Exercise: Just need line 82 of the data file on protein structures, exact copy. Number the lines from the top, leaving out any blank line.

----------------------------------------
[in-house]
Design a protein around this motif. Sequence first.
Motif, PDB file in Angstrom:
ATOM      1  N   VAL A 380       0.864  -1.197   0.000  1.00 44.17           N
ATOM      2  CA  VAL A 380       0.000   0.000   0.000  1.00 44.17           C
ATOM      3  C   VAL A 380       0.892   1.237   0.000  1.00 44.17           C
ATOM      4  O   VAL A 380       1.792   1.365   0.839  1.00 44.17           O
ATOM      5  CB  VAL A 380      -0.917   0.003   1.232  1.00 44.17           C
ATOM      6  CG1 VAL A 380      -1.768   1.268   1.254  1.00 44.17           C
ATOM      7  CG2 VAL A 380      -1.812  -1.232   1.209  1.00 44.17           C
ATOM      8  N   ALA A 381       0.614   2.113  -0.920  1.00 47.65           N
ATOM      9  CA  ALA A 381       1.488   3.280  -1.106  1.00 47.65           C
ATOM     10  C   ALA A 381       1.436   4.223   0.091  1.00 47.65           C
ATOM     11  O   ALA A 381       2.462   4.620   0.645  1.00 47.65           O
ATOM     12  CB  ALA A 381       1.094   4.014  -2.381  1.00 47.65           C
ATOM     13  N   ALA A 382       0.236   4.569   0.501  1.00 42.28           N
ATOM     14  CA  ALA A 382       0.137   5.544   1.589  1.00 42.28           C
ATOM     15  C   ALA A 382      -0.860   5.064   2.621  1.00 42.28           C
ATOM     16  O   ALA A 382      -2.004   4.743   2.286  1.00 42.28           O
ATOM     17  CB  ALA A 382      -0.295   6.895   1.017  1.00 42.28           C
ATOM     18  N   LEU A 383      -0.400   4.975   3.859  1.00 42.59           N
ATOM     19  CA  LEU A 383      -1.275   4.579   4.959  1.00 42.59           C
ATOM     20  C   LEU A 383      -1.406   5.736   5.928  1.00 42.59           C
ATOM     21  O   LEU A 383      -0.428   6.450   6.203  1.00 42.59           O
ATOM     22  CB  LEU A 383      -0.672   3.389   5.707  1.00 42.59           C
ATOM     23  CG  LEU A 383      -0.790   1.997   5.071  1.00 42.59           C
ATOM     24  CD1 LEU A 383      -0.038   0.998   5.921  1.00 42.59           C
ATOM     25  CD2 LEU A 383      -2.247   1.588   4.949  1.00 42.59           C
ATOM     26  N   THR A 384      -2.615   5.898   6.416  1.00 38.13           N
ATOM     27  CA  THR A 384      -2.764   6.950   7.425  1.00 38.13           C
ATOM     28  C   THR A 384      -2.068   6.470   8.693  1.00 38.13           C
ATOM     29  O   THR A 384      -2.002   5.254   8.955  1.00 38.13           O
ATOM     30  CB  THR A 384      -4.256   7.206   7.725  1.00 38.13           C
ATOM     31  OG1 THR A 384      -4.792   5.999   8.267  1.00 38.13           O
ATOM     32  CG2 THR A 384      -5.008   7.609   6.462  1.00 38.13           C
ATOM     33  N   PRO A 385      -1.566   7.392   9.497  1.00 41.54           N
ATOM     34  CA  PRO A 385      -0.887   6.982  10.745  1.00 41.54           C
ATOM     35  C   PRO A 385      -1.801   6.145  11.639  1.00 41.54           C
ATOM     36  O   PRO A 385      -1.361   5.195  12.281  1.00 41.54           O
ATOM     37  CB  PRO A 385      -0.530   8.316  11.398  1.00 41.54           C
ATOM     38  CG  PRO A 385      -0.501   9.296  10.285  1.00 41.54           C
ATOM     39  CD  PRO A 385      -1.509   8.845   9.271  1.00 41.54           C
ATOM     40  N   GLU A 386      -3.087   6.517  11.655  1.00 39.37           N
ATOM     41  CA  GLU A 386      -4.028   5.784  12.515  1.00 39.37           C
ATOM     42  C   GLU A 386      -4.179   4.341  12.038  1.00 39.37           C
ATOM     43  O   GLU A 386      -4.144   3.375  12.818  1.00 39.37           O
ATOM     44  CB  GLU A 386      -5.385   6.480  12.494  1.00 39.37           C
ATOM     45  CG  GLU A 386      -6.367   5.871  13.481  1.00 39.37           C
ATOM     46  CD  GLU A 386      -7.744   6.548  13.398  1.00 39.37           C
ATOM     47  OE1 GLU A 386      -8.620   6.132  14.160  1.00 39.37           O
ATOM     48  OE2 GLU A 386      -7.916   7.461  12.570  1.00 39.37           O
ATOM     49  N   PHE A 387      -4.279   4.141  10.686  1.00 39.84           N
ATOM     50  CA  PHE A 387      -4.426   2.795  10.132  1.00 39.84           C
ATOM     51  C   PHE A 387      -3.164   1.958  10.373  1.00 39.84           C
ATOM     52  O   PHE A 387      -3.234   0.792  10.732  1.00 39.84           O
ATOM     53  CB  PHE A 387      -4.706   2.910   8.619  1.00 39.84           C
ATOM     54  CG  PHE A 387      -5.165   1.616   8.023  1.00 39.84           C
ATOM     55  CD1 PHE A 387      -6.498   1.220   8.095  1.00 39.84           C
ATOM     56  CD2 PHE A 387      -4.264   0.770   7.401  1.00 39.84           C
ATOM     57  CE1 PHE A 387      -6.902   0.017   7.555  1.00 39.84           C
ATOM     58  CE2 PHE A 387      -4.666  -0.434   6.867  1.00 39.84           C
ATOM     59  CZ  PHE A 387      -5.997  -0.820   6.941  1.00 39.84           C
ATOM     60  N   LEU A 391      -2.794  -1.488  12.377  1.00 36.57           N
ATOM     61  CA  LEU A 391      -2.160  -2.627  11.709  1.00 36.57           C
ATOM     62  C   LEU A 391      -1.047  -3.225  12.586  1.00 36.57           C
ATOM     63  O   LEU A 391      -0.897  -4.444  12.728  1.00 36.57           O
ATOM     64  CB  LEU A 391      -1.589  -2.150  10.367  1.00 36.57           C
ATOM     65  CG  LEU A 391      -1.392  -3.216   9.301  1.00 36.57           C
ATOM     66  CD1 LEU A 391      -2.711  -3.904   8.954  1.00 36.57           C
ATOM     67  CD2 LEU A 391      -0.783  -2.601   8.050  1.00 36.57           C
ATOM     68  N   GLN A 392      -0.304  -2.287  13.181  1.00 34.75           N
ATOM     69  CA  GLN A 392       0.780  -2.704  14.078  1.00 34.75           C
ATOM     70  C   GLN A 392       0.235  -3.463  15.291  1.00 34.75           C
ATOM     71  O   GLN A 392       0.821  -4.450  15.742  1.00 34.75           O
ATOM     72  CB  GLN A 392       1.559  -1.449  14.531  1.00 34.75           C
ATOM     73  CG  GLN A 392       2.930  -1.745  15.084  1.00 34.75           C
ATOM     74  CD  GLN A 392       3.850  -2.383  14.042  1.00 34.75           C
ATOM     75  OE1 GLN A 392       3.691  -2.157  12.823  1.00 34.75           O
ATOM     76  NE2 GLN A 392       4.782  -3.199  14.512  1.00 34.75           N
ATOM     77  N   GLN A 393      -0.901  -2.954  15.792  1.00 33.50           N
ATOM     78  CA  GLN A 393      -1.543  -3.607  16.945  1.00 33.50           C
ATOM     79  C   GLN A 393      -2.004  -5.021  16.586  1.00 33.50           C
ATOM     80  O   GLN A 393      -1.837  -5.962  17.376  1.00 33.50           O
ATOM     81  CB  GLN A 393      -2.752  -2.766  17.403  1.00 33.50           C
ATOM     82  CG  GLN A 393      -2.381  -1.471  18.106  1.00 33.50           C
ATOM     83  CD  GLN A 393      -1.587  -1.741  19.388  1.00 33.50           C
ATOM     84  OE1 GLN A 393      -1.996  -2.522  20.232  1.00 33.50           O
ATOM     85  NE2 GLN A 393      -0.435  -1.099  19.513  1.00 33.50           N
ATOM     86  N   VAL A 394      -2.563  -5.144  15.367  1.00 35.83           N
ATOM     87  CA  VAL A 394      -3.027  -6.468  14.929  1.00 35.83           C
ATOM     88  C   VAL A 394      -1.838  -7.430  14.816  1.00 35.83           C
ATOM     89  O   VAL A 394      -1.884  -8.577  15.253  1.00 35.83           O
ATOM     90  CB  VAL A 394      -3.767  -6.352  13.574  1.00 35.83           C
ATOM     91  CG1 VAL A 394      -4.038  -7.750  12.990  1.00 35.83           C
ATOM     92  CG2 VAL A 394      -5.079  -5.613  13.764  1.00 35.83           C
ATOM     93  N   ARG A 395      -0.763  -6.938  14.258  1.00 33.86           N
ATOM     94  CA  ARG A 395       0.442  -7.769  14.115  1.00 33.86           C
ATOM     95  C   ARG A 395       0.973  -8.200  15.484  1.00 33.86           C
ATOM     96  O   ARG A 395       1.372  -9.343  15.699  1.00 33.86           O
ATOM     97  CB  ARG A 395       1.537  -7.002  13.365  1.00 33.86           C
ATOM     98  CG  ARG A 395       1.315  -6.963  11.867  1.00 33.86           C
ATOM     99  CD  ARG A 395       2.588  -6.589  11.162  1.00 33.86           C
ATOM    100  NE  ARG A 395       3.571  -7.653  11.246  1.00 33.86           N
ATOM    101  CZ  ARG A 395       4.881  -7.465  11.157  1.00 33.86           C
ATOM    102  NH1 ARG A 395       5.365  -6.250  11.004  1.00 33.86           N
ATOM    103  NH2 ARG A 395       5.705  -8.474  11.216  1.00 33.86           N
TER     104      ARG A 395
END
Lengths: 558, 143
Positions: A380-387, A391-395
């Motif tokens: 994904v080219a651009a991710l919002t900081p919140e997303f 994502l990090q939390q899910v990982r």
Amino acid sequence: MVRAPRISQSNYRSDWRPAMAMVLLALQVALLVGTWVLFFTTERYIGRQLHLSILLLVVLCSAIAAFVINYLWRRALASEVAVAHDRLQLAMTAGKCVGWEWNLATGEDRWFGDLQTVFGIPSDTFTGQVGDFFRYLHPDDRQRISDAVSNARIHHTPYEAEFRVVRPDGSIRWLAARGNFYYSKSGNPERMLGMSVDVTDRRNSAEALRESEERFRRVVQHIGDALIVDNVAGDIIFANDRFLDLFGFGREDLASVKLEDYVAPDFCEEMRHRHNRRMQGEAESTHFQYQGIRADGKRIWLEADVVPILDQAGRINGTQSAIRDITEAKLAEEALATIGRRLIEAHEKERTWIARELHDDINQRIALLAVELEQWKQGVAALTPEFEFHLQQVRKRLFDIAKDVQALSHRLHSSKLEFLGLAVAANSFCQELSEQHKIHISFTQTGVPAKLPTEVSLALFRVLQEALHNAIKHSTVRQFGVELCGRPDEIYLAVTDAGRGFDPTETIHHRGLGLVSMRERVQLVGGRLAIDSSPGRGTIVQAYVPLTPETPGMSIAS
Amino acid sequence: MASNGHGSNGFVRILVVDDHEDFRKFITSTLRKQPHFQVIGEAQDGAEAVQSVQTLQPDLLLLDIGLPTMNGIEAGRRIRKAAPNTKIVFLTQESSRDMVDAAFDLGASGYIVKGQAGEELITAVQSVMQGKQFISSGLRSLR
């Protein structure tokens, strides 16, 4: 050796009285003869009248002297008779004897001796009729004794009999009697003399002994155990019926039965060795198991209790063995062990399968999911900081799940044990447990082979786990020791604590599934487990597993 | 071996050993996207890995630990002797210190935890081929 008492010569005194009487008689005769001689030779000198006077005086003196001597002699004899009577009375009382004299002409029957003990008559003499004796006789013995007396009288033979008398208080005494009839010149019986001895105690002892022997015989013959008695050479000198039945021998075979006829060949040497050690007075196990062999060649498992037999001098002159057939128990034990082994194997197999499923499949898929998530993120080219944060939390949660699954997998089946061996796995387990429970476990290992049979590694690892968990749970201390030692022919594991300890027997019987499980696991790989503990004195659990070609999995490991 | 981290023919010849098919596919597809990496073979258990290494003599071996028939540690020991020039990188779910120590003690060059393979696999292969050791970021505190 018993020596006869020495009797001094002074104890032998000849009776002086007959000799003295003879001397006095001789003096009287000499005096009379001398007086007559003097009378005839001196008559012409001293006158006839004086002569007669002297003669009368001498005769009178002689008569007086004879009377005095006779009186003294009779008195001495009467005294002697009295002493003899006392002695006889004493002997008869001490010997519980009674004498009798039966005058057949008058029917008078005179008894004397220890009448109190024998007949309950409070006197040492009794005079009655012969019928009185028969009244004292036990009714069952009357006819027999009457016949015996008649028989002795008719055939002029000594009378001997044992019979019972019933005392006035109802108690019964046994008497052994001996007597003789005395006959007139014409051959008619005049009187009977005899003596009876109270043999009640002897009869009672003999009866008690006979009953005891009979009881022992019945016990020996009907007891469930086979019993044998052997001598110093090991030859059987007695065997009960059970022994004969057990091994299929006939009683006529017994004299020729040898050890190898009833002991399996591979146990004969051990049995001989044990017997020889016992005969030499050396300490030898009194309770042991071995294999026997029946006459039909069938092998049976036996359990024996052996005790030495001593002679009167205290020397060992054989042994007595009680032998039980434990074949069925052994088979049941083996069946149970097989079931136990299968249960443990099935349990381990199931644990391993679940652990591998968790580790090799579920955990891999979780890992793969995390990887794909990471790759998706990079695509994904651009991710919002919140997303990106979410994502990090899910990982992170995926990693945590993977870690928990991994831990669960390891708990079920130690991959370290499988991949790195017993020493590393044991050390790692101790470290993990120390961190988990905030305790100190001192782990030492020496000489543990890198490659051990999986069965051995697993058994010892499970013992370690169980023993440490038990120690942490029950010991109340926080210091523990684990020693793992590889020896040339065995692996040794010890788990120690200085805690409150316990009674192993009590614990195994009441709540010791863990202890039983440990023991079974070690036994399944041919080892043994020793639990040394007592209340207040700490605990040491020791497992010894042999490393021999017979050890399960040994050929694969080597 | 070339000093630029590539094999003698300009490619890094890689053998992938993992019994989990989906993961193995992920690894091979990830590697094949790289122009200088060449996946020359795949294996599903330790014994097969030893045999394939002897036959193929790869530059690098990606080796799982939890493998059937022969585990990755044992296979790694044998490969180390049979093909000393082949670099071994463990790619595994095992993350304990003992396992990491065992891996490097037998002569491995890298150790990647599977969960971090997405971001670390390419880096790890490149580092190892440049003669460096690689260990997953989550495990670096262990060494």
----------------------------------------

ATOM     79  C   GLN A 393      -2.004  -5.021  16.586  1.00 33.50           C